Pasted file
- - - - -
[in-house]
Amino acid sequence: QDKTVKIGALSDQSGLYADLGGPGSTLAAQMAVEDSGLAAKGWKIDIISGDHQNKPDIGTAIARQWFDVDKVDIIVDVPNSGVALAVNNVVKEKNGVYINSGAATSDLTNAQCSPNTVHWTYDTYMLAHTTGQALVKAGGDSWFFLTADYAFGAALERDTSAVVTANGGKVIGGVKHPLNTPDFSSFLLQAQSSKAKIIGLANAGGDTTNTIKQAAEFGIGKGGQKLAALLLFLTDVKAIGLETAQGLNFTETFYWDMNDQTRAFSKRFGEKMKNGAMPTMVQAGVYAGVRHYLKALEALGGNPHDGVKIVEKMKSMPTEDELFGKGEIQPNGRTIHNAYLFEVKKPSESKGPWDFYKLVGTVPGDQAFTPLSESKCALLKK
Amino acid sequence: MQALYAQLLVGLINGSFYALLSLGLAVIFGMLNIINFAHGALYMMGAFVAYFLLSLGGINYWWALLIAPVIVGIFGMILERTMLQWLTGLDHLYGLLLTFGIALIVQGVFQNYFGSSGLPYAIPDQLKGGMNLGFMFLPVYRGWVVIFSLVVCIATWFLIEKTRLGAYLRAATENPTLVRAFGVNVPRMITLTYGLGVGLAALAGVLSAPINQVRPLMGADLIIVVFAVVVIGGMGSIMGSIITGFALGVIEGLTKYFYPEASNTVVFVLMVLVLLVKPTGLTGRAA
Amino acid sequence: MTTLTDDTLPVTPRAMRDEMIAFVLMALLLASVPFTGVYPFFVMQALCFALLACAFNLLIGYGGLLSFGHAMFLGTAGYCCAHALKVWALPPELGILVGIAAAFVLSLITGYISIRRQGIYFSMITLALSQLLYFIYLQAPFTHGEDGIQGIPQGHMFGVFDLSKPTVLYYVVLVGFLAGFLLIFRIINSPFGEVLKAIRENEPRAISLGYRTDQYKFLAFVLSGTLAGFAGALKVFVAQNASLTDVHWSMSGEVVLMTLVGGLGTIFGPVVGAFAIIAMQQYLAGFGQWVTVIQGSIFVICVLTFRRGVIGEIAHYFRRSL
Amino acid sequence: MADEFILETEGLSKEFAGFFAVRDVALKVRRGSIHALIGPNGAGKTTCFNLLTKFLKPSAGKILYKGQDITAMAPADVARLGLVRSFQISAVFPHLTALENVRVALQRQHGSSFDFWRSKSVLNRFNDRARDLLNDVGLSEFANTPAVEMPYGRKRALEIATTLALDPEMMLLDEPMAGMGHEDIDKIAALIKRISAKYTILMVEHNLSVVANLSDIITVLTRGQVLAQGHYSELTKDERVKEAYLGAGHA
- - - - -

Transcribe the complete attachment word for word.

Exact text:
[in-house]
Amino acid sequence: QDKTVKIGALSDQSGLYADLGGPGSTLAAQMAVEDSGLAAKGWKIDIISGDHQNKPDIGTAIARQWFDVDKVDIIVDVPNSGVALAVNNVVKEKNGVYINSGAATSDLTNAQCSPNTVHWTYDTYMLAHTTGQALVKAGGDSWFFLTADYAFGAALERDTSAVVTANGGKVIGGVKHPLNTPDFSSFLLQAQSSKAKIIGLANAGGDTTNTIKQAAEFGIGKGGQKLAALLLFLTDVKAIGLETAQGLNFTETFYWDMNDQTRAFSKRFGEKMKNGAMPTMVQAGVYAGVRHYLKALEALGGNPHDGVKIVEKMKSMPTEDELFGKGEIQPNGRTIHNAYLFEVKKPSESKGPWDFYKLVGTVPGDQAFTPLSESKCALLKK
Amino acid sequence: MQALYAQLLVGLINGSFYALLSLGLAVIFGMLNIINFAHGALYMMGAFVAYFLLSLGGINYWWALLIAPVIVGIFGMILERTMLQWLTGLDHLYGLLLTFGIALIVQGVFQNYFGSSGLPYAIPDQLKGGMNLGFMFLPVYRGWVVIFSLVVCIATWFLIEKTRLGAYLRAATENPTLVRAFGVNVPRMITLTYGLGVGLAALAGVLSAPINQVRPLMGADLIIVVFAVVVIGGMGSIMGSIITGFALGVIEGLTKYFYPEASNTVVFVLMVLVLLVKPTGLTGRAA
Amino acid sequence: MTTLTDDTLPVTPRAMRDEMIAFVLMALLLASVPFTGVYPFFVMQALCFALLACAFNLLIGYGGLLSFGHAMFLGTAGYCCAHALKVWALPPELGILVGIAAAFVLSLITGYISIRRQGIYFSMITLALSQLLYFIYLQAPFTHGEDGIQGIPQGHMFGVFDLSKPTVLYYVVLVGFLAGFLLIFRIINSPFGEVLKAIRENEPRAISLGYRTDQYKFLAFVLSGTLAGFAGALKVFVAQNASLTDVHWSMSGEVVLMTLVGGLGTIFGPVVGAFAIIAMQQYLAGFGQWVTVIQGSIFVICVLTFRRGVIGEIAHYFRRSL
Amino acid sequence: MADEFILETEGLSKEFAGFFAVRDVALKVRRGSIHALIGPNGAGKTTCFNLLTKFLKPSAGKILYKGQDITAMAPADVARLGLVRSFQISAVFPHLTALENVRVALQRQHGSSFDFWRSKSVLNRFNDRARDLLNDVGLSEFANTPAVEMPYGRKRALEIATTLALDPEMMLLDEPMAGMGHEDIDKIAALIKRISAKYTILMVEHNLSVVANLSDIITVLTRGQVLAQGHYSELTKDERVKEAYLGAGHA